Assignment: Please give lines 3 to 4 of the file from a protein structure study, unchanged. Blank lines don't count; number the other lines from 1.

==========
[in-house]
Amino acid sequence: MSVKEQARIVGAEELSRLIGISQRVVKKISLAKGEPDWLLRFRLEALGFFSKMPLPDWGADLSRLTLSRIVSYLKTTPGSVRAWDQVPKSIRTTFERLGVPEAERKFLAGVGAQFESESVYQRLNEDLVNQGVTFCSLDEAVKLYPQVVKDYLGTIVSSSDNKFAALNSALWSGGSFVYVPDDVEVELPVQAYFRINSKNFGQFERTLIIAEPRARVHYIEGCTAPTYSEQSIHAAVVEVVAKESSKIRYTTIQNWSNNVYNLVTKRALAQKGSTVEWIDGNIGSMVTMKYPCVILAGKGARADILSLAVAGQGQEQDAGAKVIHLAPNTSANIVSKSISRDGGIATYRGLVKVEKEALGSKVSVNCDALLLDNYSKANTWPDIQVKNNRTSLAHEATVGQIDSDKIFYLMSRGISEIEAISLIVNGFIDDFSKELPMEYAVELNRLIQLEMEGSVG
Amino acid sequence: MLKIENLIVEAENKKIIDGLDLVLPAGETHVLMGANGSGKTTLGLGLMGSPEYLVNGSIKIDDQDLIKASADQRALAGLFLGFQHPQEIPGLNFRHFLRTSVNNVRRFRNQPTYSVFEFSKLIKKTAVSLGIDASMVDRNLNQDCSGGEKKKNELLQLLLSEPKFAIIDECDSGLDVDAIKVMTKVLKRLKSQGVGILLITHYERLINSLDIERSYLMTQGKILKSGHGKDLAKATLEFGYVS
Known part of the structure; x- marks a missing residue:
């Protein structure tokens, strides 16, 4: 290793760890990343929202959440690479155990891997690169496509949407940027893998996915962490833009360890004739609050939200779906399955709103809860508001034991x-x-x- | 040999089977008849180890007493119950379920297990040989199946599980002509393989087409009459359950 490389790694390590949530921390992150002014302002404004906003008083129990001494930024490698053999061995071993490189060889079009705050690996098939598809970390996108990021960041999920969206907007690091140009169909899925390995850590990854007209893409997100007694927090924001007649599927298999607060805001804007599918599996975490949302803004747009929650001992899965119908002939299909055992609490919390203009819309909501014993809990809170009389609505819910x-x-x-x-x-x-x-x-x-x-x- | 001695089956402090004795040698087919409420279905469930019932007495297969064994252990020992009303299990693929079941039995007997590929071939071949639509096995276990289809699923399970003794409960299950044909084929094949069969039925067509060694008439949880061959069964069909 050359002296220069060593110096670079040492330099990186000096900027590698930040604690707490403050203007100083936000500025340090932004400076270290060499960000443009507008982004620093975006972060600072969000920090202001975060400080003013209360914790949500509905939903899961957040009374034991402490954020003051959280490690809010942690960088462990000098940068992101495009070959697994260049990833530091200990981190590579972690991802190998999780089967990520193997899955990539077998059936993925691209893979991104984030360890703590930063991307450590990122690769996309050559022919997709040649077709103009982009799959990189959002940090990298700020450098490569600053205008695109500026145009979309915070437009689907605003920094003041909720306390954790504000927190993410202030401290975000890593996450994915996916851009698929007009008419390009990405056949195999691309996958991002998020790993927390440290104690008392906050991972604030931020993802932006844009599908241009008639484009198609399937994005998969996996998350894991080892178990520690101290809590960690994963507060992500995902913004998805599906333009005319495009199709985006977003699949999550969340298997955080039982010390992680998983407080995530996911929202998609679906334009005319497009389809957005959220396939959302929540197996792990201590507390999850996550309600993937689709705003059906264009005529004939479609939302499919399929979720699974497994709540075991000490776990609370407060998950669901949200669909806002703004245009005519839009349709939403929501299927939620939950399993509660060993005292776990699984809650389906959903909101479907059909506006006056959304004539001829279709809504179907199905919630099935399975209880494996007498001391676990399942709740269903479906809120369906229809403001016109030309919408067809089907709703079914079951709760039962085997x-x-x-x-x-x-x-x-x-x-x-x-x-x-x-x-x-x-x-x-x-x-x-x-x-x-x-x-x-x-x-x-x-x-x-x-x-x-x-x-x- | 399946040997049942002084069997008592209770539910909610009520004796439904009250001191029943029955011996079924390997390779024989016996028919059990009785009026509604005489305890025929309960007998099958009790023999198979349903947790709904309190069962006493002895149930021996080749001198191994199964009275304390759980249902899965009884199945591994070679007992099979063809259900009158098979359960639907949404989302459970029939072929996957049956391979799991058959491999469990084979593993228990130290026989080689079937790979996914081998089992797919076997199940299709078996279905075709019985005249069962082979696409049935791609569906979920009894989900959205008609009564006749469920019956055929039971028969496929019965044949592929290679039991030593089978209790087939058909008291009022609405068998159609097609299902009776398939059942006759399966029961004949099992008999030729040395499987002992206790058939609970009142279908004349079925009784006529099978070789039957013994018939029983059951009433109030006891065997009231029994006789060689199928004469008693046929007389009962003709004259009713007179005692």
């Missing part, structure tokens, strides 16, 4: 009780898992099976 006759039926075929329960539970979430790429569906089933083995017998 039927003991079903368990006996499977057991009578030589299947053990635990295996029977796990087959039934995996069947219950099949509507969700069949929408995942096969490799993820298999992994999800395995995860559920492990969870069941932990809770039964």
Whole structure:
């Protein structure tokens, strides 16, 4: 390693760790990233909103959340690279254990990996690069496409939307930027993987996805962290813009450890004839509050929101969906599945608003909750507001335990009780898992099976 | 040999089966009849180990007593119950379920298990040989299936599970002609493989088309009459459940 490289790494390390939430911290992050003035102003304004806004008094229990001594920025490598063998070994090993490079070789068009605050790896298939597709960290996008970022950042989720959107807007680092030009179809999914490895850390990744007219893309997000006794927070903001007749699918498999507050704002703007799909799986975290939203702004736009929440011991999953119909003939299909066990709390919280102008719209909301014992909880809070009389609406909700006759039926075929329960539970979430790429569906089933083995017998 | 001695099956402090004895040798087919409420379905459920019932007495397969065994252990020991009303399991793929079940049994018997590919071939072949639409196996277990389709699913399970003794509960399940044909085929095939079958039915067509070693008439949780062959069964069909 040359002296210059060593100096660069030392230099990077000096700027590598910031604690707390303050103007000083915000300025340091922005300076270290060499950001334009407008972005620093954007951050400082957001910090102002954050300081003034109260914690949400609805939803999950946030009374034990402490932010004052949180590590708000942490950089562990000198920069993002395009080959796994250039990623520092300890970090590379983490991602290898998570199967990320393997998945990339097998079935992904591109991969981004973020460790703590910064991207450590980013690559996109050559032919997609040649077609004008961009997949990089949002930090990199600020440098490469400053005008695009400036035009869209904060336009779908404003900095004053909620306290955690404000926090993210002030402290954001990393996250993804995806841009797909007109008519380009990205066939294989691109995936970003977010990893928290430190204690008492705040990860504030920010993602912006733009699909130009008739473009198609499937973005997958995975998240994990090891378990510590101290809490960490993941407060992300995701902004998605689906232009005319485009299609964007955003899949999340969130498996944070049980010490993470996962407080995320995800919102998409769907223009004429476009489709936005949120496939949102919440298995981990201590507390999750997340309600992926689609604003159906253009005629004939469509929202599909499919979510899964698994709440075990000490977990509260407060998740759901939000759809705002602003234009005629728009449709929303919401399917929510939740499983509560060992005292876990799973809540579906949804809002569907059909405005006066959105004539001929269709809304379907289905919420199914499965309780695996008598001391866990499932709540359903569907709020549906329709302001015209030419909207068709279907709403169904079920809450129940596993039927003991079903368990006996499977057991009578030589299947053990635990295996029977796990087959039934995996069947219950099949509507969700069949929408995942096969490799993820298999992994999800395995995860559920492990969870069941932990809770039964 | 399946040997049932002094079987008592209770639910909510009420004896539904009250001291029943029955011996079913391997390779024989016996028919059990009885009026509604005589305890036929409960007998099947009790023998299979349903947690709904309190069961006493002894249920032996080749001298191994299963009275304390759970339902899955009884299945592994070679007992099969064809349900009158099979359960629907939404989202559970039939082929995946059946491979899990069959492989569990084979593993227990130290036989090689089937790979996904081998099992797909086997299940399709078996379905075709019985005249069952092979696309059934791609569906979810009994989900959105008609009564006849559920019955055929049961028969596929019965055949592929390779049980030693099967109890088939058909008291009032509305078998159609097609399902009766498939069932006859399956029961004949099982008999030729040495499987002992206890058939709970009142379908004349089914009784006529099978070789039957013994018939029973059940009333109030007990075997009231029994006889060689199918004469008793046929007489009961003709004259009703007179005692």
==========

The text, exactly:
Amino acid sequence: MLKIENLIVEAENKKIIDGLDLVLPAGETHVLMGANGSGKTTLGLGLMGSPEYLVNGSIKIDDQDLIKASADQRALAGLFLGFQHPQEIPGLNFRHFLRTSVNNVRRFRNQPTYSVFEFSKLIKKTAVSLGIDASMVDRNLNQDCSGGEKKKNELLQLLLSEPKFAIIDECDSGLDVDAIKVMTKVLKRLKSQGVGILLITHYERLINSLDIERSYLMTQGKILKSGHGKDLAKATLEFGYVS
Known part of the structure; x- marks a missing residue: